At the same time, on the Kiev icon Cosmas and Damian are shown without their characteristic attributes — jars for medicines and sticks, which they usually hold in their hands. This gives a reason to S. A. Vysockij, who first investigated the icon, to conclude that the figures depicted were not Cosmas and Damian, but other saints9. However, it is impossible to agree with this.10 T. V. Nikolaeva, op. cit., pp. 77–79.
These attributes in the hands of Cosmas and Damian are absent from their images on the amulet-zmeevik10 (“zmeevik” is an amulet with the portrayal of a saint on one side and the Gorgon Medusa on the other). On the Filofeevskaja stavroteka both saints hold only sticks; the jars in their left hands are hidden under their clothing and only their shape is seen. Such departure from the canon is not unusual. It is possible to cite an instance of more severe deviation from a canon. For example, on the other icon from Kiev, which we will be considering later, in the scene of the Crucifixion such a fundamental detail as the cross is missing. So, the absence of the necessary attributes of Cosmas and Damian cannot be considered as an argument that the icon shows not them but other saints. Obviously, the artist refrained from showing the necessary attributes in the saints' hands because of the icon's small size. Additionally, S. A. Vysockij, while denying that the saints are Cosmas and Damian, could not offer any other suggestion of who was portrayed on the icon.
The names of the saints are scratched fairly crudely and do not correspond to the general style of carving. Obviously, they were added later, and not by the person who had carved the figures. The word “saint” written in Greek — άγιος — is normal on the majority of icons of this time, made by local masters, and is due to copying of Byzantine examples. The abbreviation of this word — α, in a circle or with a macron is also met with on stone icons from this time. Sometimes it precedes the word άγιος; this repetition shows that local carvers thought more of its mystical meaning, rather than trying to observe the rules of spelling of Greek, which they hardly knew. It is interesting that before the name Cosmas the abbreviation shown is not alpha, but omega. It is possible that the carver thought that this was to emphasize its connection with both saints.
The names of saints are written in cyrillic. Their paleographic analysis, executed by S. A. Vysockij, allows us to conclude that the inscription was made in Kiev or in another settlement of southern Rus'. So, in the name Cosmas, after “K” stands “Ъ”, instead of “У” or “O”. In the same word after “З” stands “Є” instead of “Ь”. This is characteristic of the dialect of this region.
The style of expression and the perfect technology of the execution of the icon show that it was made in one of the developed centres of the art of stone-carving in the Byzantine empire. Later it was taken to Rus', where the inscription was added. As an archeological find the icon is dated to the 13th century. However, such belongings were used for quite a long time and could be passed on by inheritance. Considering this circumstance, its manufacture could be referred to the 12th century. As scholars have repeatedly noted, art historical analysis and iconographic study of such objects do not give a sufficient basis for their exact dating.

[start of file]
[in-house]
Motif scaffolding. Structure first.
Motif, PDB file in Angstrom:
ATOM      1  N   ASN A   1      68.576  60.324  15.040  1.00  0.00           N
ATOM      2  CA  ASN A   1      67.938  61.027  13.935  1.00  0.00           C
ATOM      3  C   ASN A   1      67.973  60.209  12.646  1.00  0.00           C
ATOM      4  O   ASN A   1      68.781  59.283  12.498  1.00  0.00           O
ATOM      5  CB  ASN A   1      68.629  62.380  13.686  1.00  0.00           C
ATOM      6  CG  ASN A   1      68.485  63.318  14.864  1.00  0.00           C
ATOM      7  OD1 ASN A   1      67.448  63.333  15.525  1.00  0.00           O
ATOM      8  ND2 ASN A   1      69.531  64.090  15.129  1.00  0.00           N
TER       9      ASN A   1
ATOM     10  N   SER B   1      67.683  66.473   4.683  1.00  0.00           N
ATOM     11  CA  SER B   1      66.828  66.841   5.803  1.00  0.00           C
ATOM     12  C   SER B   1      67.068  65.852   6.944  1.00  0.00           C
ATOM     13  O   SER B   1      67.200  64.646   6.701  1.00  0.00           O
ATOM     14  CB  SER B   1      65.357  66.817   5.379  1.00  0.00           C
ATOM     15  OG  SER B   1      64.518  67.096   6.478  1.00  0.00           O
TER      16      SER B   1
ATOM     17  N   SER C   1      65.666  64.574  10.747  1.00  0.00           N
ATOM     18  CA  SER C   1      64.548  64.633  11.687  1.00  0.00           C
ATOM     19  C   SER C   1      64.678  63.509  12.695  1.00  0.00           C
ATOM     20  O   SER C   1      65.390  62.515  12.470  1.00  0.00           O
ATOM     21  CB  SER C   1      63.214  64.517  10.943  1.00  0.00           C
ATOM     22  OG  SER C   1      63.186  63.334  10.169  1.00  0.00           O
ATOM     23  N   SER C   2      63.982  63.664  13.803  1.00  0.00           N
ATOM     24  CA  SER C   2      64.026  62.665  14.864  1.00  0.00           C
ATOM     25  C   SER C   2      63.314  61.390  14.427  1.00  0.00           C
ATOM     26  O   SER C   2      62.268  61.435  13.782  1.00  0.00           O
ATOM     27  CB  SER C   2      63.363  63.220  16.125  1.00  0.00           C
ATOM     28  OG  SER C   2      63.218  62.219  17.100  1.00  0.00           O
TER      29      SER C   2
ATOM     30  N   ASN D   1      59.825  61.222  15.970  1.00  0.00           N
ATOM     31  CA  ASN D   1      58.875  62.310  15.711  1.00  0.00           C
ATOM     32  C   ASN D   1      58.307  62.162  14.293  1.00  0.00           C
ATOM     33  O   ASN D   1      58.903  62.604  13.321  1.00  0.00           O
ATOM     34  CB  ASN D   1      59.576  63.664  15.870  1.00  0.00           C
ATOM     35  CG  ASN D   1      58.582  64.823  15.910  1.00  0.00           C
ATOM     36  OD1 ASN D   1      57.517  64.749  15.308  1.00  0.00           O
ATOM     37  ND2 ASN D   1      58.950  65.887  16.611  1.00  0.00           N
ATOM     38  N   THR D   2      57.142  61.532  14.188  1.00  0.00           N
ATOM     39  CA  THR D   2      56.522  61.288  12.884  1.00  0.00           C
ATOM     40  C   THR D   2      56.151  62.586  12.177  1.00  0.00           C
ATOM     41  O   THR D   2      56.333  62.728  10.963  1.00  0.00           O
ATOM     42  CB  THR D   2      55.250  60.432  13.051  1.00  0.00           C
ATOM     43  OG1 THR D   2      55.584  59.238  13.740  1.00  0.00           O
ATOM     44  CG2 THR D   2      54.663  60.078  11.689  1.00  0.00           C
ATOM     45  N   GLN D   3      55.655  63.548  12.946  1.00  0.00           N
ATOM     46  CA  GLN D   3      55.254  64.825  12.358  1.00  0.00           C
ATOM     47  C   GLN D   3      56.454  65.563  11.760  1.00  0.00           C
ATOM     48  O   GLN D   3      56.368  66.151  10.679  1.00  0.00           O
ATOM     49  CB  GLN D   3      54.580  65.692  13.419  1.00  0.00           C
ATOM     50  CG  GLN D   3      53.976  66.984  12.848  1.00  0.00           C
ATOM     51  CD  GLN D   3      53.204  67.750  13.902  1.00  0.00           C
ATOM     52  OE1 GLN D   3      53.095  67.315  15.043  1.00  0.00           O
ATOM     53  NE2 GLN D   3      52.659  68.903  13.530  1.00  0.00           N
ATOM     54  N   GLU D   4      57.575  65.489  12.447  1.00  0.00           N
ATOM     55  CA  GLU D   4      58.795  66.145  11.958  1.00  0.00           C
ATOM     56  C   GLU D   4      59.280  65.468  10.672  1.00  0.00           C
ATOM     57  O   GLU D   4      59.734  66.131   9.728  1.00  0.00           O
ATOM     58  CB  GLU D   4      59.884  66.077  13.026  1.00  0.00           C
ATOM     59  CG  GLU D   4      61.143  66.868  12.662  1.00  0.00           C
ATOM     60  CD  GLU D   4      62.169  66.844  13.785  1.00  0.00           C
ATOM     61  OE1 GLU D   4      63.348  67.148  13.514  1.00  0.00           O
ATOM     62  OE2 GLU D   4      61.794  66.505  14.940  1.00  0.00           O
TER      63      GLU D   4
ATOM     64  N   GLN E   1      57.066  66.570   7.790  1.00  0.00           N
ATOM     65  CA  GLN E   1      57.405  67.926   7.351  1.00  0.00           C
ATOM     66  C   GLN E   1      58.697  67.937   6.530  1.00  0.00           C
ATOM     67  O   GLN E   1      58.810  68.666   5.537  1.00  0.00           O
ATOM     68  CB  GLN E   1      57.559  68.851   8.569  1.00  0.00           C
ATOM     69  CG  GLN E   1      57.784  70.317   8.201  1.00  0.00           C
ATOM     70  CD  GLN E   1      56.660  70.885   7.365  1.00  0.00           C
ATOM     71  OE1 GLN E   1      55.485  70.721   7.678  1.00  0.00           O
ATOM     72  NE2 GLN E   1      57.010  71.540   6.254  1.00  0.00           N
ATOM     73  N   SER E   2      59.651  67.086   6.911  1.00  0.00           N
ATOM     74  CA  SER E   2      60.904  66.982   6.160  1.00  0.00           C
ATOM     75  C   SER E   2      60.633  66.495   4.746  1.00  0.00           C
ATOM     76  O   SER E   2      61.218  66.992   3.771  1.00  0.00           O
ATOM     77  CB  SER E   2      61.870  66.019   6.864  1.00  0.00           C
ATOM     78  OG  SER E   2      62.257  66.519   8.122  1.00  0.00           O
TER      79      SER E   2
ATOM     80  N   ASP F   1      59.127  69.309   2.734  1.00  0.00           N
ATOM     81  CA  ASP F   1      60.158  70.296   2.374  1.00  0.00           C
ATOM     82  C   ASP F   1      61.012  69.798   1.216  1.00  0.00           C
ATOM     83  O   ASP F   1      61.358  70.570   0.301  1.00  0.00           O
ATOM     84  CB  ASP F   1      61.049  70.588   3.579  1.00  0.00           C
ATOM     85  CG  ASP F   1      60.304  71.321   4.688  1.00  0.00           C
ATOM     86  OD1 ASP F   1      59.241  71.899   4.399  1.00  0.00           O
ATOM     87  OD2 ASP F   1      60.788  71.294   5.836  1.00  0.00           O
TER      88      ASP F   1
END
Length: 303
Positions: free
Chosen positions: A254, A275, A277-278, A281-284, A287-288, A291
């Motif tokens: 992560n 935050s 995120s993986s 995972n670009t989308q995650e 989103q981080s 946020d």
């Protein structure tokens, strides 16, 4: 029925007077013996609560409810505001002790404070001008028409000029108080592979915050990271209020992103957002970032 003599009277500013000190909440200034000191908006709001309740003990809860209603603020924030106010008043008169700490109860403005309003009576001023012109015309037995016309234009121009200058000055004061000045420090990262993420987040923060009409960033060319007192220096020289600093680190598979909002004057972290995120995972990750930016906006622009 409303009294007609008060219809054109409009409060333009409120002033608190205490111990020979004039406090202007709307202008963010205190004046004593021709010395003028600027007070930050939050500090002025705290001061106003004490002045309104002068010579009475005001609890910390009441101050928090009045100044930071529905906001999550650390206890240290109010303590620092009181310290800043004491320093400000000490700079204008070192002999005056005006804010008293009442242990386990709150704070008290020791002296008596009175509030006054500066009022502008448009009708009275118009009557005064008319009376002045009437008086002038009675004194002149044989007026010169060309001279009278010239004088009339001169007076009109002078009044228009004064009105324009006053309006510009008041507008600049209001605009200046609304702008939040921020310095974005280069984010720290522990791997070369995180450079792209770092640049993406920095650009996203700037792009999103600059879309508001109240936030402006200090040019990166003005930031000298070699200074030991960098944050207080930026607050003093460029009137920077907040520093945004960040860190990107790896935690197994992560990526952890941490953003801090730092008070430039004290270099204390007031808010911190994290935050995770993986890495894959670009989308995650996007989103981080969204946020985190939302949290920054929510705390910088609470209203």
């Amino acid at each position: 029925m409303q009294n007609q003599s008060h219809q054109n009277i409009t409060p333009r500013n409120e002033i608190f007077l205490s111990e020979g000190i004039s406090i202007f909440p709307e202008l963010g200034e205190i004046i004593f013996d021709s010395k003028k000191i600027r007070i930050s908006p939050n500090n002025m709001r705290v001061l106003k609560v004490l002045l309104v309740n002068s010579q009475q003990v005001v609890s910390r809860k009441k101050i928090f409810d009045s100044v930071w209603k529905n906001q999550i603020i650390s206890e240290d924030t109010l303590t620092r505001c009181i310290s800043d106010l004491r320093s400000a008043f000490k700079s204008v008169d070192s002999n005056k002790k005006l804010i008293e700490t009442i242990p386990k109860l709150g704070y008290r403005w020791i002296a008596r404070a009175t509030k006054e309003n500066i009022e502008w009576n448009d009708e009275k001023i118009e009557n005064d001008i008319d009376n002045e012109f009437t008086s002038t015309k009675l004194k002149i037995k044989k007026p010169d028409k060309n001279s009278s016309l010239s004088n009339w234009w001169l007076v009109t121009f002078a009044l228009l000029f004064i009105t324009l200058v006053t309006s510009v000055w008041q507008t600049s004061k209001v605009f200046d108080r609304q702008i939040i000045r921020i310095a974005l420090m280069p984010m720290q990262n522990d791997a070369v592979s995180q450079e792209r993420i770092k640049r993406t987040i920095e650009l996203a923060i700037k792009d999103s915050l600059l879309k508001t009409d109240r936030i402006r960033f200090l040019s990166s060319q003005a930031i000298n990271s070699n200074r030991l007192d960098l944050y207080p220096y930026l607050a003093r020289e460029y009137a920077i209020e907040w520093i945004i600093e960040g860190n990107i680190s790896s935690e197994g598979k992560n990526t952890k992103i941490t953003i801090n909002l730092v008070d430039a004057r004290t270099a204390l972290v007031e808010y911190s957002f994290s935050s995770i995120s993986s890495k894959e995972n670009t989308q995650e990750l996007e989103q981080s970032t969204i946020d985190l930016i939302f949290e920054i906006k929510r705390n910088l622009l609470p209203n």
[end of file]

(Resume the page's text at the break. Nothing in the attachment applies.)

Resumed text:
A few words must be added about how the icons were carried on the body. The presence of metallic hooks or special holes for hanging on some icons does not leave any doubt as to how they were carried. But on the majority of icons these devices are absent. It is logical to expect that in antiquity similar mounts existed on these icons as well, but are not preserved today because of the frailty of the materials. It is most likely that they were made from leather or bark, which are hardly ever preserved in the ground. The flimsiness of such fastenings from these materials explains that the majority of these icons, according to the circumstances of their discovery, were lost accidentally.
It is made, like the first, from argillaceous slate, but of a dirty-white colour with a light blue hue. The upper edge of the icon is rounded. The back is cut crudely and unevenly, so its thickness varies from 0,4 to 0,6 cm. The icon was broken into several parts in antiquity. The degree of its preservation and the radius of the arched vault, framing the higher part, allows us to determine its size, which was 12,8 cm long and near 8,8 cm wide. On the icon are placed six gospel scenes: The Entry into Jerusalem, The Descent into Hell, The Descent of the Holy Spirit, The Crucifixion, The Ascension and The Assumption of the Virgin. The last three are almost completely preserved.11 A. Bank, op. cit., p. 94. 12 Ibid., figs. 84, 85.
The scenes are framed by twisted columns, supporting an arched vault, decorated by a cimation. Such decoration of architectural details is traditional for expressing the gospels in small sculptures (stone and bone icons) as well as in Byzantine painting. In this respect the most significant are icons from steatite, very widespread from the second half of the 11th century11. In the opinion of A. V. Bank, the presence on these icons of simplified ornamental bases and capitals of columns, a very schematical cimation and a single scroll on the ornamental columns are signs that they were made at a relatively late period12.13 The remainder of the blue paint on these areas were discovered by I. Kostuk in the process of restoration of the icon under the microscope. 14 A. Bank, op. cit., pp. 89, 103; T. V. Nikolaeva, op. cit., p. 24.